Once you have initialized a
instance, either directly or by reading in a file, you can easily access the
data values and the world coordinate information.
You can access the underlying data using the
unmasked_data array which is
a Numpy-like array:
>>> slice_unmasked = cube.unmasked_data[0,:,:]
The order of the dimensions of the
unmasked_data array is deterministic -
it is always
(n_spectral, n_y, n_x) irrespective of how the cube was
stored on disk.
unmasked indicates that the data is the raw original
data from the file.
SpectralCube() also allows
masking of values, which is discussed in Masking.
If a slice is not specified, the object returned is not strictly a Numpy
array, and will not work with all functions outside of the
package that expect Numpy arrays. In order to extract a normal Numpy array,
instead specify a mask of
[:] which will force the object to be converted
to a Numpy array (the compulsory slicing is necessary in order to avoid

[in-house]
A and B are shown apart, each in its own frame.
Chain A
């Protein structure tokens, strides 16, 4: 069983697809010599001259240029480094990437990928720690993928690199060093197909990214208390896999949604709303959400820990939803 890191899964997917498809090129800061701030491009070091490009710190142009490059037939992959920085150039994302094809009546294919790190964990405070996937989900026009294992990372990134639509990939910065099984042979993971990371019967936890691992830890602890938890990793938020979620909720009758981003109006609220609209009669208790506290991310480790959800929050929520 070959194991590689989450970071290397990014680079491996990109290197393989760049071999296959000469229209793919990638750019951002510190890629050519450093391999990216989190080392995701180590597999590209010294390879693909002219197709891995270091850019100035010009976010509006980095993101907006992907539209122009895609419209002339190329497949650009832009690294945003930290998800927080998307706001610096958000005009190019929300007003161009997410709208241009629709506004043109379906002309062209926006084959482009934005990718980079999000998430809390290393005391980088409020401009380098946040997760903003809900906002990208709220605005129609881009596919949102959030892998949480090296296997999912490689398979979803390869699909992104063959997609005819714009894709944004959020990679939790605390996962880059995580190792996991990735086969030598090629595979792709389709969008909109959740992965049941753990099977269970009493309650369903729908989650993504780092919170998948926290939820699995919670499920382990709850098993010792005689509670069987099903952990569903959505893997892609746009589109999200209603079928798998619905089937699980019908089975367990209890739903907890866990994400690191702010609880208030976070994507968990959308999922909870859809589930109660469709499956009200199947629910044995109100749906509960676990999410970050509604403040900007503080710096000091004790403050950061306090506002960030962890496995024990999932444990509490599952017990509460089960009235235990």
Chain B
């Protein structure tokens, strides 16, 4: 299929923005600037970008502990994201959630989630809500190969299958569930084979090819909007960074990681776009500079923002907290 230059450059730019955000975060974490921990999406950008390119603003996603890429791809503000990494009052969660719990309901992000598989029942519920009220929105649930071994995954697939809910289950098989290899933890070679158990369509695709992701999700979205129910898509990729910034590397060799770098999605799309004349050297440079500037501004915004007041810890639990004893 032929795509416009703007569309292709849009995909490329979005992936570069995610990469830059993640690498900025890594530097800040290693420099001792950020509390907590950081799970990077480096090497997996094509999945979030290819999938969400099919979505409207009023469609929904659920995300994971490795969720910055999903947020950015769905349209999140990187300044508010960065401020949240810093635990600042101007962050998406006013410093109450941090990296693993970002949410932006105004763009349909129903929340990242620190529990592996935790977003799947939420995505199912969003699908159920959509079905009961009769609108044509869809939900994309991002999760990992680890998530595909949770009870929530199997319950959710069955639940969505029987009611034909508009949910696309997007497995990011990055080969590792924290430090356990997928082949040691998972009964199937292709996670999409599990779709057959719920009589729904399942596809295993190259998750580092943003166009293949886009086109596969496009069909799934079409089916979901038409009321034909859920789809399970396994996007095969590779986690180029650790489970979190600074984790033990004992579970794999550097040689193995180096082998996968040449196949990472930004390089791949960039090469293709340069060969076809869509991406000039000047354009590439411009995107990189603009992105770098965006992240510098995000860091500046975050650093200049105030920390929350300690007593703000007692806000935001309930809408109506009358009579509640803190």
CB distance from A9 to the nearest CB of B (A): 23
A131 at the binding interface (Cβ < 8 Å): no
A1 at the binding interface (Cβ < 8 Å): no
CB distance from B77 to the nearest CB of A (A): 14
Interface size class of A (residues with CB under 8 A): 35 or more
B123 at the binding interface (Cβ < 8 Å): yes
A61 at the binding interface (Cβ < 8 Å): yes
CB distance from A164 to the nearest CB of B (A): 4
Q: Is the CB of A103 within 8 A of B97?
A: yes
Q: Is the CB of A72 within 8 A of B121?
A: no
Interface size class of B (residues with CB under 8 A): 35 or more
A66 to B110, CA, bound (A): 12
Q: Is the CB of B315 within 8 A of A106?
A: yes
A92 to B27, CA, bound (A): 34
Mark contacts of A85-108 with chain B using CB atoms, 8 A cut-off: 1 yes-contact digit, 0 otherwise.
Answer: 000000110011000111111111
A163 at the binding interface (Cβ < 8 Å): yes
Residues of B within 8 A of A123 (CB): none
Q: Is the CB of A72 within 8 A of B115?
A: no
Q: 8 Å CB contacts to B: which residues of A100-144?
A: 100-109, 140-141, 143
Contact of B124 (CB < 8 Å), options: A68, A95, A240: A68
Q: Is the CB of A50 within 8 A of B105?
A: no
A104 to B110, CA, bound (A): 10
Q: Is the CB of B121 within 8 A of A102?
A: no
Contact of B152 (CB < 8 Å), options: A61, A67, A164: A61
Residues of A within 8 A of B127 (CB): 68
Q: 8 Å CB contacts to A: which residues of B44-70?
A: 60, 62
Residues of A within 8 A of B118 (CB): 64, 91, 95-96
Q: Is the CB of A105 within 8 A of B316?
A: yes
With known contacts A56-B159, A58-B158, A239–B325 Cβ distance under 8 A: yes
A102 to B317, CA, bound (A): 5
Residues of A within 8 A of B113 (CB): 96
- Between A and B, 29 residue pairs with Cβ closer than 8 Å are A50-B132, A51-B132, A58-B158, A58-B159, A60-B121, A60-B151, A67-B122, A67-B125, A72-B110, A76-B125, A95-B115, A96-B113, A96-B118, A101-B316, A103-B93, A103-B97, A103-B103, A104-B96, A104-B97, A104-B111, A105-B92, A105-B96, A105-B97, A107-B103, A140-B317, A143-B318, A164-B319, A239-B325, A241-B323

memory-related issues with large data cubes).
Given a cube object, it is straightforward to find the coordinates along the spectral axis:
>>> cube.spectral_axis [ -2.97198762e+03 -2.63992044e+03 -2.30785327e+03 -1.97578610e+03 -1.64371893e+03 -1.31165176e+03 -9.79584583e+02 -6.47517411e+02 ... 3.15629983e+04 3.18950655e+04 3.22271326e+04 3.25591998e+04 3.28912670e+04 3.32233342e+04] m / s
The default units of a spectral axis are determined from the FITS header or WCS object used to initialize the cube, but it is also possible to change the spectral axis (see Manipulating cubes and extracting subcubes).
More generally, it is possible to extract the world coordinates of all the
pixels using the
world property, which
returns the spectral axis then the two positional coordinates in reverse
order (in the same order as the data indices).
>>> velo, dec, ra = cube.world[:]
In order to extract coordinates, a slice (such as
[:] above) is required.
[:] will return three 3-d arrays with the coordinates for all
pixels. Using e.g.
[0,:,:] will return three 2-d arrays of coordinates for
the first spectral slice.
If you forget to specify a slice, you will get the following error:
>>> velo, dec, ra = cube.world ... Exception: You need to specify a slice (e.g. ``[:]`` or ``[0,:,:]`` in order to access this property.
In the case of large data cubes, requesting the coordinates of all pixels would likely be too slow, so the slicing allows you to compute only a subset of the pixel coordinates (see Handling large datasets for more information on dealing with large data cubes).